DOWN TO EARTH SIMPLE LIVING FORUMS

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29 October 2014

Seizing the days


Our garden changes are almost complete and I'm looking forward to working in this smaller but still productive garden. The major changes we made were to remove two entire garden beds. One has gone but we still have the remants of the second bed there because we have some onions to harvest and the parsley is flowering so I want to save the seeds. When that garden goes, we'll move a table and chairs into the cleared space so we can sit IN the garden and enjoy the view from a different angle. For most of the years here, I've looked out from the house to the garden. Now I want to challenge myself and change that. Who knows what thoughts will brew when I look in instead of out.  It reminds me of that wonderful Robin Williams movie, Dead Poets Society, when Mr Keating, the Williams character, encouraged the students to stand on their desks.  He says: I stand upon my desk to remind myself that we must constantly look at things in a different way. Finally, I'm seizing the day.



The garden will still be a productive one. I use a lot of herbs and I know it would send me haywire if I had to buy them all the time. Herbs are so expensive now. In the next day or so we'll plant two heritage raspberries alongside the six month old passionfruit. We have a good stand of curly kale in the first garden which we'll keep for occasional meals for ourselves, and frequent scratchings for the chooks.  In the second bed we have just planted beetroot and there are bok choy, various lettuces, ruby chard and Swiss chard. All those leaves are ready for harvest.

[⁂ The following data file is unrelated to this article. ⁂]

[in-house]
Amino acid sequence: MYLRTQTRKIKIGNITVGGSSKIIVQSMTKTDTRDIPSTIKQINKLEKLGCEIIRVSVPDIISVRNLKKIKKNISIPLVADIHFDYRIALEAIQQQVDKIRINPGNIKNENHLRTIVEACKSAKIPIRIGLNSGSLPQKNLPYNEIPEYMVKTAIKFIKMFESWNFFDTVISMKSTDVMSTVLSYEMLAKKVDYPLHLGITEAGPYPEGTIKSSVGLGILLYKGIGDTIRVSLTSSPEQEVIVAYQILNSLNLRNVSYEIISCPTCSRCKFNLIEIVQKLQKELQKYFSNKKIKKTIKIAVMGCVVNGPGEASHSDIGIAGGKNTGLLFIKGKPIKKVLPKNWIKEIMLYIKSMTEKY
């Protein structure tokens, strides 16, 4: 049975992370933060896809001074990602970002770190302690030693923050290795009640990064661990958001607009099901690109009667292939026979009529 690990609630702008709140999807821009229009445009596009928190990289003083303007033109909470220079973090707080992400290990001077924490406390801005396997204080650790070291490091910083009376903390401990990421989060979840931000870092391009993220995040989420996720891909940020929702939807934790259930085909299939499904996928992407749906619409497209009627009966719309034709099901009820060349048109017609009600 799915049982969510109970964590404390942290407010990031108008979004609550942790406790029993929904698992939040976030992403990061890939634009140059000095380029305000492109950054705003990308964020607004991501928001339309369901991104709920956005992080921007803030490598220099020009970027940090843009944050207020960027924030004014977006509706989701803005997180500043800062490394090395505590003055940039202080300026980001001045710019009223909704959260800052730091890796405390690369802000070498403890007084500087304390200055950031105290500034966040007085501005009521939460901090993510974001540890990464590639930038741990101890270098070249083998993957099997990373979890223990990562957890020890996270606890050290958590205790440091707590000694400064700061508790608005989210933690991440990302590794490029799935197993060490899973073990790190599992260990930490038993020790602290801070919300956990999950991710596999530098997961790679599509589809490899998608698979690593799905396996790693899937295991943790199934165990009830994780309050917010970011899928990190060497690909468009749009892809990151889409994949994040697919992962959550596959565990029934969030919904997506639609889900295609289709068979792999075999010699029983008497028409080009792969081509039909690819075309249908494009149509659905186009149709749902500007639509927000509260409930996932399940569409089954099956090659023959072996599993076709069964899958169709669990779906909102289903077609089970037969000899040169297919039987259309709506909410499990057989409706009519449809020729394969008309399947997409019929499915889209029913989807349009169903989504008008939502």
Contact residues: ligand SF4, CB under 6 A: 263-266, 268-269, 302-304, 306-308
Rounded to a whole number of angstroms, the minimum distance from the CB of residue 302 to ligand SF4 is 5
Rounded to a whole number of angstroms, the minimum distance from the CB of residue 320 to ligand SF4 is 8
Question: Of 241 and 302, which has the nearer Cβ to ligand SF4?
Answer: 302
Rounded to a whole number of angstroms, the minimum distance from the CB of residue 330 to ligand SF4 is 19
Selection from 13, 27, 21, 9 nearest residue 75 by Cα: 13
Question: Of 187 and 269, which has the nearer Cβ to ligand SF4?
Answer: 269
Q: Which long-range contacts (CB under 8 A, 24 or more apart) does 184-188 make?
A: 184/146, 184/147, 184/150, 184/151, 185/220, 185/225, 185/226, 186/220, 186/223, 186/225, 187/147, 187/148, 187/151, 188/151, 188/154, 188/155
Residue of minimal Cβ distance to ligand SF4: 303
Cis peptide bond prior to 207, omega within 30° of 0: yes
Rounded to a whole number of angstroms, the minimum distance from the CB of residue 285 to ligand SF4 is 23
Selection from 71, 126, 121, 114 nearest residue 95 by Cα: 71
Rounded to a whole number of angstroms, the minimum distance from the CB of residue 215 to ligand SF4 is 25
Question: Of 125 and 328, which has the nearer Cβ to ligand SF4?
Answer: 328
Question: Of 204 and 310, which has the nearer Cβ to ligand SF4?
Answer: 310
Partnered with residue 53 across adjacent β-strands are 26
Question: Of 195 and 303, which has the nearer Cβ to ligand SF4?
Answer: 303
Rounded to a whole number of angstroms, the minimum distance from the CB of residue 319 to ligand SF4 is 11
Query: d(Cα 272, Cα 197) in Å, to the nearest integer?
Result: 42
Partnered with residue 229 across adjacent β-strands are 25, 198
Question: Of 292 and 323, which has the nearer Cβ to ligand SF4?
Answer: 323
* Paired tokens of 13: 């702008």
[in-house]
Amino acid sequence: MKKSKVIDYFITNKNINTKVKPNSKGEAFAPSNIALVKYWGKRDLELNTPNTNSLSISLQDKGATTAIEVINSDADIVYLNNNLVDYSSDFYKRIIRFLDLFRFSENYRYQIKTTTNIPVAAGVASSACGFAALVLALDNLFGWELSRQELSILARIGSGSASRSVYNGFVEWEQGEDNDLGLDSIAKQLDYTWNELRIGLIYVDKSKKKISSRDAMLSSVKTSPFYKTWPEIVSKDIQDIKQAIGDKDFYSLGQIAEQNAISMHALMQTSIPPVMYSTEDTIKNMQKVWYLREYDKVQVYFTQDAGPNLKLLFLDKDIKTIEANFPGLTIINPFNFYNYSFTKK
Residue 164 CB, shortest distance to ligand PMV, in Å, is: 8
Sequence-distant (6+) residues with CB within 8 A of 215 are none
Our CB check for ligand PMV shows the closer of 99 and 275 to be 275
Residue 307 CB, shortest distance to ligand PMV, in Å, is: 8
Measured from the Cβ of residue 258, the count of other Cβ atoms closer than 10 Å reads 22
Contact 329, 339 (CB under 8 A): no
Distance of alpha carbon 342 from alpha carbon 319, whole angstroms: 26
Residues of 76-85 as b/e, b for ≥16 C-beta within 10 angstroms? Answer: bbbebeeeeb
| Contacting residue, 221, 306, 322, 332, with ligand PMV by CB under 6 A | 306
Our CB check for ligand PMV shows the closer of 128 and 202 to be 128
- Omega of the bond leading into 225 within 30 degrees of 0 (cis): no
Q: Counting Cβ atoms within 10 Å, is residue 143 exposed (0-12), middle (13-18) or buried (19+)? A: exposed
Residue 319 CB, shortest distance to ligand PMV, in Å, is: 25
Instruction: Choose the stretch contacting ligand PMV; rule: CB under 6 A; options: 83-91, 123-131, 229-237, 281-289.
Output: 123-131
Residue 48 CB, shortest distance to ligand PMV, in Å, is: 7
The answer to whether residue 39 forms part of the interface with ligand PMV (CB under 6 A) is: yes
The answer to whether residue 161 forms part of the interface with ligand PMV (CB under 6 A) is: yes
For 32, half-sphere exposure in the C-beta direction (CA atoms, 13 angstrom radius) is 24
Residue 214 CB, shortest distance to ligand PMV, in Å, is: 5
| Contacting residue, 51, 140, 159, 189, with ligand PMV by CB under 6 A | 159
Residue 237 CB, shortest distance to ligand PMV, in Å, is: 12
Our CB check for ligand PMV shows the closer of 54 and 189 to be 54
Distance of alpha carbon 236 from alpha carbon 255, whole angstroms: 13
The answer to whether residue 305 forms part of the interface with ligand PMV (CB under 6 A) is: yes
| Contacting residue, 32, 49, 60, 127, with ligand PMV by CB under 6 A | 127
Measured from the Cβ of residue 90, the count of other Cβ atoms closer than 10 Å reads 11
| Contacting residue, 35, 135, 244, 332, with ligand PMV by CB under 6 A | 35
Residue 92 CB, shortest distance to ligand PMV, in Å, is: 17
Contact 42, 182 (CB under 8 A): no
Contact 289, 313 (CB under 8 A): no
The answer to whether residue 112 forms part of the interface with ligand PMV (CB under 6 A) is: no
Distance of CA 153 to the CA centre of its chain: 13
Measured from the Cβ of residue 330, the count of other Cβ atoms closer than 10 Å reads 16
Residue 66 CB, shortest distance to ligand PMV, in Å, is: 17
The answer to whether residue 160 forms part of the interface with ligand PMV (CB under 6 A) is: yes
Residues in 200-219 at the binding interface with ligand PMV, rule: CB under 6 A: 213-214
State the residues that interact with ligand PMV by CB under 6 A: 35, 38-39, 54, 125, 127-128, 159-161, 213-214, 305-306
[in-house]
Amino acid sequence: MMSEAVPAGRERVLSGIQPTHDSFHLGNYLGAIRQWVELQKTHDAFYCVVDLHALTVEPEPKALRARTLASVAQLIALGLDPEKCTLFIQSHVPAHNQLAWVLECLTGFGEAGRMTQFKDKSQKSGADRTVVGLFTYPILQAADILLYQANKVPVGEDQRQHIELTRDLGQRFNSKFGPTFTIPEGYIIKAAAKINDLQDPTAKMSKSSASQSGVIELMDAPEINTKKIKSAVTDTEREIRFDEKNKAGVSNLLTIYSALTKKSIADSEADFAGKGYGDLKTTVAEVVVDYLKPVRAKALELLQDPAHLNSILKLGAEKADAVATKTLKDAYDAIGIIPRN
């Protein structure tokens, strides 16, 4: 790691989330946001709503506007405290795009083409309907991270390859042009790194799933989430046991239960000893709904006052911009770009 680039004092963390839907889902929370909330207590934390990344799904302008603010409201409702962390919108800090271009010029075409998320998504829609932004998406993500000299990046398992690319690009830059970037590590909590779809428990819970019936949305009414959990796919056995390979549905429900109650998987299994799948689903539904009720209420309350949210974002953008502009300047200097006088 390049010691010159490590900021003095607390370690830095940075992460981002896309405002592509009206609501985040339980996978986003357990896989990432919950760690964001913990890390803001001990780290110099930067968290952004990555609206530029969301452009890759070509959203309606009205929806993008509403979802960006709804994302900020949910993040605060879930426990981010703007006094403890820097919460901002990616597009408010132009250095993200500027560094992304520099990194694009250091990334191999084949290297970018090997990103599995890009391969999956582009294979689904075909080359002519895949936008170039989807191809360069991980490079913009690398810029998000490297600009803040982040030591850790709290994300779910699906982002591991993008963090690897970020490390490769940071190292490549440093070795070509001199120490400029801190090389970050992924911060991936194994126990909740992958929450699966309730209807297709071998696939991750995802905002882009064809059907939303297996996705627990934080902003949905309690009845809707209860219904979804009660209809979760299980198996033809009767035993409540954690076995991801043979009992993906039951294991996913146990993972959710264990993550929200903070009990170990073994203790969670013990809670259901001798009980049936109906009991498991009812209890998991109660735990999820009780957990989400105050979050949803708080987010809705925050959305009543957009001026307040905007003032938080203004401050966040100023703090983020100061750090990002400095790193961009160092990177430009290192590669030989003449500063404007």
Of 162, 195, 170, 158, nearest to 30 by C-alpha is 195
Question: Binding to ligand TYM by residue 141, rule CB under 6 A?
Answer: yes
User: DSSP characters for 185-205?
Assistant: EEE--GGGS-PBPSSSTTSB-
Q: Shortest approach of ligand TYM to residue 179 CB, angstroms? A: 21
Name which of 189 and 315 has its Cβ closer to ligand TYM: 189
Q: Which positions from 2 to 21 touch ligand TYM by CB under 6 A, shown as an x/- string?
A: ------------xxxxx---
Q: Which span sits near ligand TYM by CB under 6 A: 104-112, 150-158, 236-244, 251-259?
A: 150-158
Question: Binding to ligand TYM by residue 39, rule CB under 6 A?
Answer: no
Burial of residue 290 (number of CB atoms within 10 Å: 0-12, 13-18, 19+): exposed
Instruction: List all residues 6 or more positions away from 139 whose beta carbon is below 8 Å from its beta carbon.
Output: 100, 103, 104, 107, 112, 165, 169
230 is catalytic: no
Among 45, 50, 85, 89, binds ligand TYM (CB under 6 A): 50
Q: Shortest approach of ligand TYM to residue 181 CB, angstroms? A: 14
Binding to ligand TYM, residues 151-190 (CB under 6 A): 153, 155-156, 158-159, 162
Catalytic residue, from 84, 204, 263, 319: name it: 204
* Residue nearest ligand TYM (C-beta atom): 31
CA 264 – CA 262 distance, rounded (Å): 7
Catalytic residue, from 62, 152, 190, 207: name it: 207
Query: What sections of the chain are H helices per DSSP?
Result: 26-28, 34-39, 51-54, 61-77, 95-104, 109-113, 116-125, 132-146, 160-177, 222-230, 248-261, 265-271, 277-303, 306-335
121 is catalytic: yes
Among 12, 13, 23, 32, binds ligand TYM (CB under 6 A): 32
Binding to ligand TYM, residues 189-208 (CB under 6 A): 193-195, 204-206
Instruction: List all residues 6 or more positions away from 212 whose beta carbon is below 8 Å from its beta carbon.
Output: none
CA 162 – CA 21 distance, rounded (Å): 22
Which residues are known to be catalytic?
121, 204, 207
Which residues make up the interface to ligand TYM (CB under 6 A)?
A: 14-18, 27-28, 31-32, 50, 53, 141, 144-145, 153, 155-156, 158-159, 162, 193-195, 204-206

This is Tricia. No, not my sister, one of the frizzles.  ;- )  (I'll get into trouble for that.)

Our silver laced, rose combed Wyandotte, Miss Tammy, with Bluebelle, one of the blue Australorps. They've been sitting on those nests for a few weeks now. We just let them sit there, as long as we see them out to feed and water themselves. This broodiness gives them a natural break from constant egg production.


 Free ranging girls in the late afternoon sunshine.

The chickens are a big part of our backyard production too. We have 12 pure breed chickens that give us eggs all through the year.  Three of them are broody at the moment but with no rooster no chicks will hatch; they sit there in vain.


This beautiful purple flowering plant is culinary sage. I think all plants have the potential for beauty and I am certainly planting for beauty as well as nutrition.

This is a purple and white granny's bonnet, the yellow flower is a small Dahlia. On the other side of the grate are three cherry tomatoes, all volunteers, that I know will easily survive our hot and humid summer.